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Disease Note.

Smut of Speedwell Caused by Schroeteria delastrina in Arkansas. D. K. Heiny, Department of Plant Pathology, University of Arkansas, Fayetteville 72701. L. H. Riley, and G. E. Templeton. Department of Plant Pathology, University of Arkansas, Fayetteville 72701. Plant Dis. 72:175. Accepted for publication 12 October 1987. Copyright 1988 The American Phytopathological Society. DOI: 10.1094/PD-72-0175A.

Schroeteria delastrina (Tul.) Winter was collected on corn speedwell (Veronica arvensis L.), a lawn weed, at three locations in Fayetteville, Arkansas, during April and May 1987. The smut destroyed seeds and filled the seed capsules with spores. Light olivaceous-brown spores, usually in pairs, with coarsely ribbed walls measured 7-11 µm in diameter and closely resembled those photographed by Viinky (2). Spores germinated in 1 day at 21 C on water agar. After 2-3 wk, short, flask-shaped or elongate, septate promycelia and spherical sporidia in chains formed as originally described by Brefeld (1883). Our literature search indicates only two other reports of Schroeteria in North America, including samples on speedwell from British Columbia and Ontario in Canada and from Whitman County, Washington, in the United States (1). Specimens have been deposited in the National Fungus Collection (BPI) (USO 196394) at Beltsville, Maryland, and the herbarium of Washington State University (WSP 68203) in Pullman.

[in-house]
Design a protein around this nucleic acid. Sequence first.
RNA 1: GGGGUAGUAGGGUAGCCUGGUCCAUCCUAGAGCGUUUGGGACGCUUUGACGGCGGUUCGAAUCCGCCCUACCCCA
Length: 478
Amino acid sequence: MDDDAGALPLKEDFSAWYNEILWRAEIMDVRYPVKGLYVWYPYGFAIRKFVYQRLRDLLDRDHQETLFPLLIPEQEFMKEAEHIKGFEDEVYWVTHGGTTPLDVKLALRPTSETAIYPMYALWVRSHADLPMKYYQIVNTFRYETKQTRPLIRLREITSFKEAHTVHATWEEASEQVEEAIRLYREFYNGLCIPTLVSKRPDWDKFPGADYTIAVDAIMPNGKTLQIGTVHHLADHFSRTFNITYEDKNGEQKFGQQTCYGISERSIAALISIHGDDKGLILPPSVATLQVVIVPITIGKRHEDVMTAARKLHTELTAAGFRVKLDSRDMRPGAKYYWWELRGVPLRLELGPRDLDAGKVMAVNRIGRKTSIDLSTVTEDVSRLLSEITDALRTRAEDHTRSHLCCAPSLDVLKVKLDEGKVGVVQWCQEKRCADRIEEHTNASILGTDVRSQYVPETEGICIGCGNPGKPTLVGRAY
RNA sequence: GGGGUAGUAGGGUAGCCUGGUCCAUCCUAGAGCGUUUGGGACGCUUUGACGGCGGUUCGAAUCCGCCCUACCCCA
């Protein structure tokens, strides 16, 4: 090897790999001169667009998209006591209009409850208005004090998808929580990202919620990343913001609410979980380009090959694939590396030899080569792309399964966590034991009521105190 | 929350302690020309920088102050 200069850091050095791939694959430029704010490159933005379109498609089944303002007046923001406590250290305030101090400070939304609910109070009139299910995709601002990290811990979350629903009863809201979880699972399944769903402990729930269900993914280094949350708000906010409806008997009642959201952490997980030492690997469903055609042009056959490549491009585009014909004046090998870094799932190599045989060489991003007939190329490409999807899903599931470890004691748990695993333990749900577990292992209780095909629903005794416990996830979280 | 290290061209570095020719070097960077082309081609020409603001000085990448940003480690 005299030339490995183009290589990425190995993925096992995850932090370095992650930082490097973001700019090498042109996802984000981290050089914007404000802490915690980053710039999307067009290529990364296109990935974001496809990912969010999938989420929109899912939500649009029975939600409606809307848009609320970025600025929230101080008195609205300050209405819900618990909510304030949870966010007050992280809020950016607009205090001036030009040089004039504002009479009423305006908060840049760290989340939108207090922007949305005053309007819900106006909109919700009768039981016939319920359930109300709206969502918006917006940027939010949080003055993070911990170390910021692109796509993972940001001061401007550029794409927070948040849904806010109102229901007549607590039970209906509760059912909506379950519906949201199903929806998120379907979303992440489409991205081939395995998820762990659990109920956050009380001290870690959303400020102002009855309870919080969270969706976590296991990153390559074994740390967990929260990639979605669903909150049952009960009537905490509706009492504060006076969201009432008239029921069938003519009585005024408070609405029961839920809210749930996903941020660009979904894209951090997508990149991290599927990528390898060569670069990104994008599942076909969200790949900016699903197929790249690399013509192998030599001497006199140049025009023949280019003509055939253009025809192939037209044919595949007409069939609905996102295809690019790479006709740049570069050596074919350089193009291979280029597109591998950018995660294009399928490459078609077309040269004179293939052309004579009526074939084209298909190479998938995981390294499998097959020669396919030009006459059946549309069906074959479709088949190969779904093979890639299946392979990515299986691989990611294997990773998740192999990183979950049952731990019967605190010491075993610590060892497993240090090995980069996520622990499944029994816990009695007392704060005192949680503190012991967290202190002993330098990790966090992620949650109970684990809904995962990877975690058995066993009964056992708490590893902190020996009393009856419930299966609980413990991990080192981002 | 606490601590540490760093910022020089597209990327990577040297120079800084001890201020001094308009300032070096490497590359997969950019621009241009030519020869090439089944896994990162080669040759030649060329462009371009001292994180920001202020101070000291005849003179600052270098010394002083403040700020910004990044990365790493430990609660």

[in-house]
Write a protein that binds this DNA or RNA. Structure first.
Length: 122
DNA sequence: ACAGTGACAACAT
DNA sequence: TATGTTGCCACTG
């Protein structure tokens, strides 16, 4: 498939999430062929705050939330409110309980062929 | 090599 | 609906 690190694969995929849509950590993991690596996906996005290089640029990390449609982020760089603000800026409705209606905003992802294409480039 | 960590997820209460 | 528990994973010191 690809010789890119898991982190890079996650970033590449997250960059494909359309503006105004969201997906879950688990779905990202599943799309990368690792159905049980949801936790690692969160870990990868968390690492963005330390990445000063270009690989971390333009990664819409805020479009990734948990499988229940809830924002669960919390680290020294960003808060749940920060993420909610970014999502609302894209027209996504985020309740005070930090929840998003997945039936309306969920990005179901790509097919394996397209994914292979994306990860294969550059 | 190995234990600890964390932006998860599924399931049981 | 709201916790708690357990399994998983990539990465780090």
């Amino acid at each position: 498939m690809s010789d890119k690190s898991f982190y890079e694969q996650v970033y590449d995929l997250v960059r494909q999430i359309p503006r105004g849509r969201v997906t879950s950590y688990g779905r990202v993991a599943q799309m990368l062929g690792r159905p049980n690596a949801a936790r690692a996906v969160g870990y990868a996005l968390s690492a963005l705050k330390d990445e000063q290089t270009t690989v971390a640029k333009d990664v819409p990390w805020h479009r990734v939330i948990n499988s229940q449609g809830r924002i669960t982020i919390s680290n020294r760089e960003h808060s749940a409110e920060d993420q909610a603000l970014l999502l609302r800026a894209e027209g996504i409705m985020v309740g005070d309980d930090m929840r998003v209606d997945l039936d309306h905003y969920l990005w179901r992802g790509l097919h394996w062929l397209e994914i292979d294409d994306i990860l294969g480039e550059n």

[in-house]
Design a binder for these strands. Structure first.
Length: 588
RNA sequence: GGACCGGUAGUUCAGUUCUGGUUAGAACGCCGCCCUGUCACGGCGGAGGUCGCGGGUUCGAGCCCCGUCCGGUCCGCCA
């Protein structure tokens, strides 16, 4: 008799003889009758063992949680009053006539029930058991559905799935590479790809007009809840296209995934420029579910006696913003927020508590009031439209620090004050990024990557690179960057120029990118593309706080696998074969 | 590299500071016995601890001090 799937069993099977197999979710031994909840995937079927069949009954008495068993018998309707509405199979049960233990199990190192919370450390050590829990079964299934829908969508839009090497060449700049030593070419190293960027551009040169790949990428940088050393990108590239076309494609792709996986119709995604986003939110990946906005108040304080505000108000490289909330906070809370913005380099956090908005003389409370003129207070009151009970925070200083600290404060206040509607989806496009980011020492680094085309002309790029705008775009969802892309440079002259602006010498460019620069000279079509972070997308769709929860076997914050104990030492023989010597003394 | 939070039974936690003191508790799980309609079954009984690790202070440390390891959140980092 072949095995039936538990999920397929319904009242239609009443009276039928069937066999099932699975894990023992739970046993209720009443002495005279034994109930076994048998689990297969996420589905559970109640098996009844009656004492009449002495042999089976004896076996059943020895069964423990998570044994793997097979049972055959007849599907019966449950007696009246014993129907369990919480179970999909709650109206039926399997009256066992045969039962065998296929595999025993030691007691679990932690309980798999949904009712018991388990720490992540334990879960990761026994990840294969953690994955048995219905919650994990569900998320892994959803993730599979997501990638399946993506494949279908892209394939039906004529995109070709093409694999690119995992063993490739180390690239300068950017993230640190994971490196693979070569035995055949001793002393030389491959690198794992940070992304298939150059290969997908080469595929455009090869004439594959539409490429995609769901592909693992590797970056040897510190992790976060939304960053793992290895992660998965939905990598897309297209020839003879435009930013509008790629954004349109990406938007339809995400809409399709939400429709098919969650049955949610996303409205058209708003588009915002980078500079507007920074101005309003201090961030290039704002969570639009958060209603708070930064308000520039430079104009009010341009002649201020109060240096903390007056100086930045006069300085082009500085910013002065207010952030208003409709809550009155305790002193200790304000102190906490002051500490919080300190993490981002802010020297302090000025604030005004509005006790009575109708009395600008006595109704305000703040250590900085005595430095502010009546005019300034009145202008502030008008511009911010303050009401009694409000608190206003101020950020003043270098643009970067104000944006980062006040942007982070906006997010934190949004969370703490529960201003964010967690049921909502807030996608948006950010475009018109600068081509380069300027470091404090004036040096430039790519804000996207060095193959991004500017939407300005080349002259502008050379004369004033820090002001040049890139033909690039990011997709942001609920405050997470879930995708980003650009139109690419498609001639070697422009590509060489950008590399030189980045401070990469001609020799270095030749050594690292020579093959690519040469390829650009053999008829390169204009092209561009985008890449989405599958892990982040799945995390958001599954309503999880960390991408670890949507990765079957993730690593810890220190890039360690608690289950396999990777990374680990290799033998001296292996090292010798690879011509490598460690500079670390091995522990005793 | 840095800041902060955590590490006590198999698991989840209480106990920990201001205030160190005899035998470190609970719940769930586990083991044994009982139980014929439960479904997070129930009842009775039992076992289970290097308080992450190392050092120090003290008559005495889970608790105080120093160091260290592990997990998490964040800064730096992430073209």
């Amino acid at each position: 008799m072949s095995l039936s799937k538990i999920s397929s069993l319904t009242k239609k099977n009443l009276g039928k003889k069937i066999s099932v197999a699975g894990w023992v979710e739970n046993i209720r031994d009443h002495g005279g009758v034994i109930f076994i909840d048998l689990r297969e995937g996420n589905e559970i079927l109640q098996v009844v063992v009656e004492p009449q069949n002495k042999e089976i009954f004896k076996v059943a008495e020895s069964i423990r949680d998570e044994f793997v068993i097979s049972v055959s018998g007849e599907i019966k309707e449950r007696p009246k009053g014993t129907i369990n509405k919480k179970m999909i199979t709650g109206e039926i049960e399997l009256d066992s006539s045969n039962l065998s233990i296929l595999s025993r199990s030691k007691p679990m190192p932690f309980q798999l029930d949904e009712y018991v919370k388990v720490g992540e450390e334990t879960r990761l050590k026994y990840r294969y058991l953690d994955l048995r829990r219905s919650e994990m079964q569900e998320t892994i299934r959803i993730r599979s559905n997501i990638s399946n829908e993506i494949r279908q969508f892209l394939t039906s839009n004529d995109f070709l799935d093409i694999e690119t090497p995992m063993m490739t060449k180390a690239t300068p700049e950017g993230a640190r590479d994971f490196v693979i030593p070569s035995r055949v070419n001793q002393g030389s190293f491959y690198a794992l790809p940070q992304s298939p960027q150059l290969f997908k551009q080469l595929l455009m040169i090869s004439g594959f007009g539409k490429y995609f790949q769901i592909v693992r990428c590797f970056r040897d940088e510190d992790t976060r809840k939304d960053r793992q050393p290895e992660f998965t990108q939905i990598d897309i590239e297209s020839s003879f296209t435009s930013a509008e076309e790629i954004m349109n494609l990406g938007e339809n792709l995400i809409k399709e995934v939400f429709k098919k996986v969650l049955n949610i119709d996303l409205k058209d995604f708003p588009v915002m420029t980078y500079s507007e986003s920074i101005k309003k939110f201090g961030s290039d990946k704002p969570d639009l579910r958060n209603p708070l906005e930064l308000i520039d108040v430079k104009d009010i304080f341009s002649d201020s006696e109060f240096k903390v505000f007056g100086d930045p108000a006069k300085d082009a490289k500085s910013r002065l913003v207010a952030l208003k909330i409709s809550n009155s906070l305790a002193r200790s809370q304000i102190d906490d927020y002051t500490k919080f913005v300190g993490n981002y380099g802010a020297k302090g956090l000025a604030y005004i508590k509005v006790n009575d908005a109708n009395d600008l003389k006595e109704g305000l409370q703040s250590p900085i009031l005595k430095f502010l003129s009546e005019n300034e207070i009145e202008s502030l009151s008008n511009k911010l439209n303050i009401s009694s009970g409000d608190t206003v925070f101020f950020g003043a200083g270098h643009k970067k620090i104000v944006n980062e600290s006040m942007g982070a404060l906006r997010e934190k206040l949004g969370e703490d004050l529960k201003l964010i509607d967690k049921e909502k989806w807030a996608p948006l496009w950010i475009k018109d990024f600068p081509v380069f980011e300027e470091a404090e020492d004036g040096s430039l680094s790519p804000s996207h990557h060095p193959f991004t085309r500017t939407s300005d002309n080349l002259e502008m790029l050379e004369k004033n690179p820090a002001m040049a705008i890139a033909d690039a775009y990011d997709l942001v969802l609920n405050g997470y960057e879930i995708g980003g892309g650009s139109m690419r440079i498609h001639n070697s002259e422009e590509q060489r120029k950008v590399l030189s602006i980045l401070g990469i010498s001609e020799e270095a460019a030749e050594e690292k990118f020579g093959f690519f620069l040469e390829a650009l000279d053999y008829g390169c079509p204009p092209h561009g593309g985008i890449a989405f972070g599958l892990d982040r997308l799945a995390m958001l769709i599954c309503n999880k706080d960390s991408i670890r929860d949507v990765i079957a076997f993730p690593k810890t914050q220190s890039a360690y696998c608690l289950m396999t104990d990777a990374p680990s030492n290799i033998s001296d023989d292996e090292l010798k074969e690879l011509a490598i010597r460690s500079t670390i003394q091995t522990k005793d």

References: (1) R. Duran. Can. 1. Bot. 50:2569, 1972. (2) K. Vilnky. Syrnb. Bot. Ups. 24:2, 1985.